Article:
How Is a Fraction Converted to a Decimal?

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A fraction can be converted to its equivalent decimal by dividing its numerator by its denominator. For example, the fraction 3/4 can be converted to a decimal by dividing its numerator (3) by its denominator (4), which results in 0.75, its equivalent decimal. The fraction 5/8 can be similarly converted to a decimal by dividing 5 by 8, which results in 0.625.

Some fraction-to-decimal conversions will result in a non-terminating, repeating decimal. For example, when the numerator 2 is divided by the denominator 3 to convert 2/3 to a decimal, the result is 0.666666666... The "..." at the end of the decimal indicates that the numbers to the right of the decimal point will continue endlessly. This decimal conversion result, in which the digit 6 repeats itself, can also be represented either by rounding up to 0.67 or by writing it as 0.6 with a horizontal bar above the 6. In the latter representation, the decimal would be read as "zero point six repeating." Some calculators use the rounding-up approach to display a non-terminating decimal.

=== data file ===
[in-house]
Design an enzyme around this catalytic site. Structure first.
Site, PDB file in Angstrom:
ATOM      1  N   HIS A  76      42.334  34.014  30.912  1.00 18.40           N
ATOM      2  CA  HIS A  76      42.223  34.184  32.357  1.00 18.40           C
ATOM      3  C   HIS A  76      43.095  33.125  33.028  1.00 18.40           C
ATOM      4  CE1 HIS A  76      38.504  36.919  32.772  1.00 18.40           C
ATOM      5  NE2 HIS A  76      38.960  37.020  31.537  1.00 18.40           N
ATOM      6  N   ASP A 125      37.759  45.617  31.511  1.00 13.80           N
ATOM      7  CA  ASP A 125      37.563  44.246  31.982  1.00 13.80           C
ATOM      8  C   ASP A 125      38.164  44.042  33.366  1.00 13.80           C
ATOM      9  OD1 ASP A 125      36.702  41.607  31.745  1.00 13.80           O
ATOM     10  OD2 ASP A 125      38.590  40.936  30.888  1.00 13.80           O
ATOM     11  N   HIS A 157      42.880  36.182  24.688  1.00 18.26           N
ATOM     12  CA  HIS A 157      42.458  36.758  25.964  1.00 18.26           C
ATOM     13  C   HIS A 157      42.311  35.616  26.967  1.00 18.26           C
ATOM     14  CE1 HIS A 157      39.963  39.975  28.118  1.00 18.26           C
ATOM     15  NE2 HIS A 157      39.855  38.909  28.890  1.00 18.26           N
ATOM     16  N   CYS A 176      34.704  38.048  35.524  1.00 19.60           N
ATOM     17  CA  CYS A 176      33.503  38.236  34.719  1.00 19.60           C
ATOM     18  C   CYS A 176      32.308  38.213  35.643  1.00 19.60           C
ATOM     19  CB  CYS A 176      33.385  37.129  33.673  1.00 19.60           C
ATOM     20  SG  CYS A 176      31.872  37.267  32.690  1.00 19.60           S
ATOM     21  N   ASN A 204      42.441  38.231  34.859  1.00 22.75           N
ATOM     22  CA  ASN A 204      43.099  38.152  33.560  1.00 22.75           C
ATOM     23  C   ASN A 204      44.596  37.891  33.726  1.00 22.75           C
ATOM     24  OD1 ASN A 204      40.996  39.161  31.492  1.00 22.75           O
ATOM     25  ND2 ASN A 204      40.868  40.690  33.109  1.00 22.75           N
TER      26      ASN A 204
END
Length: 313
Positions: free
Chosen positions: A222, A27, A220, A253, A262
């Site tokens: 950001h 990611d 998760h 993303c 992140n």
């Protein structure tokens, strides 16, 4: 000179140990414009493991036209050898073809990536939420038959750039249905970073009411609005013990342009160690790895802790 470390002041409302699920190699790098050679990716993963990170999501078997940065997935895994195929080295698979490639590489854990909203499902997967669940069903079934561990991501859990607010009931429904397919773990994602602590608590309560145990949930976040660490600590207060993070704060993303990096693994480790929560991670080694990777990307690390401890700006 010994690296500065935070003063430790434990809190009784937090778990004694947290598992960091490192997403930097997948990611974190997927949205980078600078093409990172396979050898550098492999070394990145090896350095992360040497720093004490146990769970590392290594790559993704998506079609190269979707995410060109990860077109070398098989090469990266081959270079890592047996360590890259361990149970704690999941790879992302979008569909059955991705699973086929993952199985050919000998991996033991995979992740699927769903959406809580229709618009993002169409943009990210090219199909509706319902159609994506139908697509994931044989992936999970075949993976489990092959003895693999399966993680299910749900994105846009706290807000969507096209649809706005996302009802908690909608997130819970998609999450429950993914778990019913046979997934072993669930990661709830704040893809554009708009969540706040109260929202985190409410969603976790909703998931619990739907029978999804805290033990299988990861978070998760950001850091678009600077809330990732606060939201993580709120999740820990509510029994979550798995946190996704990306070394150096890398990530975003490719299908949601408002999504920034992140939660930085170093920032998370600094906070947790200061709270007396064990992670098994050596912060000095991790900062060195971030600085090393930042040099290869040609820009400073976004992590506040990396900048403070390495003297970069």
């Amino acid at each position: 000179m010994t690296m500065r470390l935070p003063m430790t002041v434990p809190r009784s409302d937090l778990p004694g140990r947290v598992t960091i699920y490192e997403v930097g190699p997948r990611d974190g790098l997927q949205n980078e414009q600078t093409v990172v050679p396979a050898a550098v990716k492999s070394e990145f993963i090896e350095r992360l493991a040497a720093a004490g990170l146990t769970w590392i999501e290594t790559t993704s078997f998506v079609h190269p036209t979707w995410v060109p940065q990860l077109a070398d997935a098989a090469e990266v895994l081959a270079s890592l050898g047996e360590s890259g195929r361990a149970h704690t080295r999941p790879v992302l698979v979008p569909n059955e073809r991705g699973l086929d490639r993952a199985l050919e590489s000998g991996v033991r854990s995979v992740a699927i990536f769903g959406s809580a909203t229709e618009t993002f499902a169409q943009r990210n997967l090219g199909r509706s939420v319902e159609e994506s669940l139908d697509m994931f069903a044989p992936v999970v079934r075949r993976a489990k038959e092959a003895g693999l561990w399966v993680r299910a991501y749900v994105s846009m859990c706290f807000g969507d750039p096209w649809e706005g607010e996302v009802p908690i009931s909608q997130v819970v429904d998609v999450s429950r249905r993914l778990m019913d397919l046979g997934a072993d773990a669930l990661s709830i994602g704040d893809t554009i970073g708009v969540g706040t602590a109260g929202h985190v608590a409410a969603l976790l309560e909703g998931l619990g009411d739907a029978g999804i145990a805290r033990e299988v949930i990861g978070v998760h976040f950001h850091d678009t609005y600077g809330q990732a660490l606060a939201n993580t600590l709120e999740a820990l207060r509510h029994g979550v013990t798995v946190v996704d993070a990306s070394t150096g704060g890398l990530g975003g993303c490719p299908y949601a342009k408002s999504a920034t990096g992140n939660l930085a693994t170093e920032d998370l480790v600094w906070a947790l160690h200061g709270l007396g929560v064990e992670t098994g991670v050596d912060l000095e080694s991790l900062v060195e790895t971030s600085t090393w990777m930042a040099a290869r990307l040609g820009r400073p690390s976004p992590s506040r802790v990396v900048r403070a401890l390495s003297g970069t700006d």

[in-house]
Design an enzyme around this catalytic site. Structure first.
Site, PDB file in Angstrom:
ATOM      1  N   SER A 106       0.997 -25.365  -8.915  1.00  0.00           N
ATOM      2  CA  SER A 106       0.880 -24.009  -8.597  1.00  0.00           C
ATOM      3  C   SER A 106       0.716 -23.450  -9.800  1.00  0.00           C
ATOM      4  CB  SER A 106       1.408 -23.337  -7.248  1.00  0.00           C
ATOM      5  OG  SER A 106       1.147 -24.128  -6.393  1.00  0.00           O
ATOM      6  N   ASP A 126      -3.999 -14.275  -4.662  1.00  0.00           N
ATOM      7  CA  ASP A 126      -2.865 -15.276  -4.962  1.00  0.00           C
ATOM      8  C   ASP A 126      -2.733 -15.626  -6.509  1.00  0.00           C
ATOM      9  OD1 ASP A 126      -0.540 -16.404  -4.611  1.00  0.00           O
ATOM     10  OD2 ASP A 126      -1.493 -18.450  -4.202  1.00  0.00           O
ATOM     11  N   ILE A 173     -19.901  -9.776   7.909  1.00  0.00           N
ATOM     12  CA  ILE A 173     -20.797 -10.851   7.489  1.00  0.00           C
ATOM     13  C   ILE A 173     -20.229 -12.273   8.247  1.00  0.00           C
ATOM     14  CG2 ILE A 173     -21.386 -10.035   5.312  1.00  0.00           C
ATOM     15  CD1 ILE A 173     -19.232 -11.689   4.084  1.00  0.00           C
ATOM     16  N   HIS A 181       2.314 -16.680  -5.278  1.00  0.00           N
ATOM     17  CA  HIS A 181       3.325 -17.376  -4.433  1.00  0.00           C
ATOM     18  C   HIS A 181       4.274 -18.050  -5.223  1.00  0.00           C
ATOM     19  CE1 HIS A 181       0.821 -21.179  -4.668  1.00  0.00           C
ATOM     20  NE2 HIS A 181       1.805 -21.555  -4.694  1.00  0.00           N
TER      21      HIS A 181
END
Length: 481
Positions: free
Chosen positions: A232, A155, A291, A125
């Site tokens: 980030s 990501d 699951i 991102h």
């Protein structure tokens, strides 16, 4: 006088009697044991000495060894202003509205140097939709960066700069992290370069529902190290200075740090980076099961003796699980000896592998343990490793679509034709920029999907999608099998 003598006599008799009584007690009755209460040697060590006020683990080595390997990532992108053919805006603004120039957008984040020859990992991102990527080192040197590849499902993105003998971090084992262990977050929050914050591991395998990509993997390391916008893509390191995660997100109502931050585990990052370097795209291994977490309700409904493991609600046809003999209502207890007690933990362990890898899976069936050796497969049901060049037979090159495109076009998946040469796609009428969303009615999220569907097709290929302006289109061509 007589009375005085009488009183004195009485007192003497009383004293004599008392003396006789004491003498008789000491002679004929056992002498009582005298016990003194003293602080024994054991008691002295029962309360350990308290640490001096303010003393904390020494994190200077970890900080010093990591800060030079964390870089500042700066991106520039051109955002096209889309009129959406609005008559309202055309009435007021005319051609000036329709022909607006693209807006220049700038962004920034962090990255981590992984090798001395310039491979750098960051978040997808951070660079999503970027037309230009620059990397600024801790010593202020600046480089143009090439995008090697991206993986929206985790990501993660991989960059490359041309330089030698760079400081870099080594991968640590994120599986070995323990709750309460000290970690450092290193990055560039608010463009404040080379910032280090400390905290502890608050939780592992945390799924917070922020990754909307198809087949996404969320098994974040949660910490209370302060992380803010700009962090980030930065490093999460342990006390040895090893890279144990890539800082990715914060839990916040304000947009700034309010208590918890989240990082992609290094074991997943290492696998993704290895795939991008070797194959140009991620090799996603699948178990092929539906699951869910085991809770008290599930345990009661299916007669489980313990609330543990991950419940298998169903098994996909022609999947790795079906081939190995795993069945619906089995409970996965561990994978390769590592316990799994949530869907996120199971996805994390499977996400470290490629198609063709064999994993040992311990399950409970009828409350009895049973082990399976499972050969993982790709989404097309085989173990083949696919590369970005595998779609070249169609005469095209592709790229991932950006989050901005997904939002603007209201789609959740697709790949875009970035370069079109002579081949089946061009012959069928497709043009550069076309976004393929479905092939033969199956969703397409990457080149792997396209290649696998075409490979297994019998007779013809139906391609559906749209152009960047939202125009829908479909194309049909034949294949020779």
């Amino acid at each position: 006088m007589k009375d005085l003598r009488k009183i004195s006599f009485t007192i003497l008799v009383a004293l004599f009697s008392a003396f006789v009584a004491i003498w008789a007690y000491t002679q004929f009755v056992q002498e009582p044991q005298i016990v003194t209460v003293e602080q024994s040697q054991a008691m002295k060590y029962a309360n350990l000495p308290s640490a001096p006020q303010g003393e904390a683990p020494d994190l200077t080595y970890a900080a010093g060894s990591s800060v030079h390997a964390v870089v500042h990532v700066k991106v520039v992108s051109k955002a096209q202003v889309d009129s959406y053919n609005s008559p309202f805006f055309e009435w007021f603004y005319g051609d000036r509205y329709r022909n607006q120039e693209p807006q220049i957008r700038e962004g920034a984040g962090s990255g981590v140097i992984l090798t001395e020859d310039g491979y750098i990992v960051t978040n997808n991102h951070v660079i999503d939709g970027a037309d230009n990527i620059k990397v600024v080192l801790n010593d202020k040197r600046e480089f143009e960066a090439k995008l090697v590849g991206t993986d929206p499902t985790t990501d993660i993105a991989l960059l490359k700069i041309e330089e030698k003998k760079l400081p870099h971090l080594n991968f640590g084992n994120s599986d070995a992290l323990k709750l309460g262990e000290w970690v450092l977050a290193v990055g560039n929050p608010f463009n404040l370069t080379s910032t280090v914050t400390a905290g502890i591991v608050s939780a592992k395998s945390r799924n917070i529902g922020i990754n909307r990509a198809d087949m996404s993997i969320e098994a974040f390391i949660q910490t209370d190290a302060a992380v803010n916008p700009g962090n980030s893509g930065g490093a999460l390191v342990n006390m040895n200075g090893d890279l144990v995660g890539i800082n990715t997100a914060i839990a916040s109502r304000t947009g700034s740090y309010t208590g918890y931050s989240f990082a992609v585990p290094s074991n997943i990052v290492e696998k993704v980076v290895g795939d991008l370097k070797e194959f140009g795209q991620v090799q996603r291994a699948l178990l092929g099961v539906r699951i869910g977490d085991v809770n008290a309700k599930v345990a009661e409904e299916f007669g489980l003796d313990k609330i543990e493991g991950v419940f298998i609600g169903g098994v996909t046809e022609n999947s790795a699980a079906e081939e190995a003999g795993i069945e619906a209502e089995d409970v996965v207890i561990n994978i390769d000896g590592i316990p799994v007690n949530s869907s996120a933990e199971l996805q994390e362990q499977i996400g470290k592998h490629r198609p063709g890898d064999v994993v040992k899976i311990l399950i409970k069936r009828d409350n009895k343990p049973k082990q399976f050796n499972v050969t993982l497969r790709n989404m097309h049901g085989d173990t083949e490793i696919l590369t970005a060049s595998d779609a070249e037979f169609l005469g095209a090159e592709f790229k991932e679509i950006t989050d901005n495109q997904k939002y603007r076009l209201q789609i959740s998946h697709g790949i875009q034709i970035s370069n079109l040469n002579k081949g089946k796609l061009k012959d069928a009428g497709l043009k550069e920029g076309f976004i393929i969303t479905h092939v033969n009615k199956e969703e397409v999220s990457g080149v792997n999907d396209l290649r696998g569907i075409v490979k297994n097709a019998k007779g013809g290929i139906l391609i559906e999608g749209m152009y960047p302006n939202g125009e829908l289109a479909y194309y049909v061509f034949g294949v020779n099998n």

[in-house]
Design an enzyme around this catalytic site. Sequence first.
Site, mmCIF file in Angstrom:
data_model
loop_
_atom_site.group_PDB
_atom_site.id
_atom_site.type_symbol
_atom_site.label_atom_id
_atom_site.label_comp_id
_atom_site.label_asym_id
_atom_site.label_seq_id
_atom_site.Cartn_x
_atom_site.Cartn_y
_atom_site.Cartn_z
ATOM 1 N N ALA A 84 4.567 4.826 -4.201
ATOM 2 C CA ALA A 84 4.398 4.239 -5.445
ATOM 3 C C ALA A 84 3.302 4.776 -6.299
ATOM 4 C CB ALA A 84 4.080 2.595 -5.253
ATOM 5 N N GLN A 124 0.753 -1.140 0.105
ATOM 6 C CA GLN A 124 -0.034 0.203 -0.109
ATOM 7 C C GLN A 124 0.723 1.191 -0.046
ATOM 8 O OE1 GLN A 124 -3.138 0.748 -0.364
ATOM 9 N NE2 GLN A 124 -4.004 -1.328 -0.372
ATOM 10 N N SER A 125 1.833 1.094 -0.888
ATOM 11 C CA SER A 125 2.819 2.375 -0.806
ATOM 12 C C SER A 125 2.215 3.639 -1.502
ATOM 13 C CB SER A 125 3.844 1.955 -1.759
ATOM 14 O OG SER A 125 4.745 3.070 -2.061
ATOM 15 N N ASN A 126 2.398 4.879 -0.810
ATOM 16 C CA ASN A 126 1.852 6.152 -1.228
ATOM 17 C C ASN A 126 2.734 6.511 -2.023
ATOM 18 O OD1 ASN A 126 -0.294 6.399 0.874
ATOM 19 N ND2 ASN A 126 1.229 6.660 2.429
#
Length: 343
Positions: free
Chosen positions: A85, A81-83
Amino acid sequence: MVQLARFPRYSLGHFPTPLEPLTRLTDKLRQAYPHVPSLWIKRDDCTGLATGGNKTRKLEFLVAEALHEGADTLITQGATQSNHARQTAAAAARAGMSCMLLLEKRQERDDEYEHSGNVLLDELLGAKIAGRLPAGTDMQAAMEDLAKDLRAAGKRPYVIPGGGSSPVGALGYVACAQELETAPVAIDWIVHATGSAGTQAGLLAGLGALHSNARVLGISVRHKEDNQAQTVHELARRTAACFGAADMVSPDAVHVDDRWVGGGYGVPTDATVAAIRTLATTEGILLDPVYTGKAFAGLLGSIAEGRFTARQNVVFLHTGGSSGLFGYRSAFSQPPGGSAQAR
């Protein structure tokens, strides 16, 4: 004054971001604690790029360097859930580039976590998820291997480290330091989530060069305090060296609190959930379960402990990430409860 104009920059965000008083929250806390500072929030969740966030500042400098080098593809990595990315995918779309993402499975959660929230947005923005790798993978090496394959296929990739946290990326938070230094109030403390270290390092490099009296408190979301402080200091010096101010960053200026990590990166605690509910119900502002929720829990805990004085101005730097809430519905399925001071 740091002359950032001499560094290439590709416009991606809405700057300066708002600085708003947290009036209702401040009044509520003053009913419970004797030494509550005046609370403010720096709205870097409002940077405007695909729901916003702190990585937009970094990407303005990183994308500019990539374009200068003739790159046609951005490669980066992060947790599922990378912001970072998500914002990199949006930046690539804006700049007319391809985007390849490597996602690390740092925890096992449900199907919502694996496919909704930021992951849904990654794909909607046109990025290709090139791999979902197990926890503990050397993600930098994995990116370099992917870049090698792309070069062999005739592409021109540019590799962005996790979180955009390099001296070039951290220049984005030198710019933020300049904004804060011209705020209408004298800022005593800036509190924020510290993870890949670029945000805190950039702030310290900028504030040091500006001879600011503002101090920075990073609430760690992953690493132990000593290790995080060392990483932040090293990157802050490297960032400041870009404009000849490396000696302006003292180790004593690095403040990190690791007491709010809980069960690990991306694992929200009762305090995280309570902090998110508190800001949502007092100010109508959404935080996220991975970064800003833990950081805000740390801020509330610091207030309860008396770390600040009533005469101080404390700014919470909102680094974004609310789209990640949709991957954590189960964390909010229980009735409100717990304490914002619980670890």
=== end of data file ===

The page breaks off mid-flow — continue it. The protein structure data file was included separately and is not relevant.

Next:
If a rational number fraction contains a denominator which only has a prime factor of 2 or 5, or prime factors of both 2 and 5, it can be expressed as a finite decimal, rather than a nonterminating decimal. For example, 1/2 = 0.5, 1/5 = 0.2 and 1/10 = 0.1. For those rational number fractions whose denominators contain prime factors other than 2 or 5, the conversion will result in a non-terminating decimal, such as 1/3 = 0.333333... or 1/9 = 0.111111...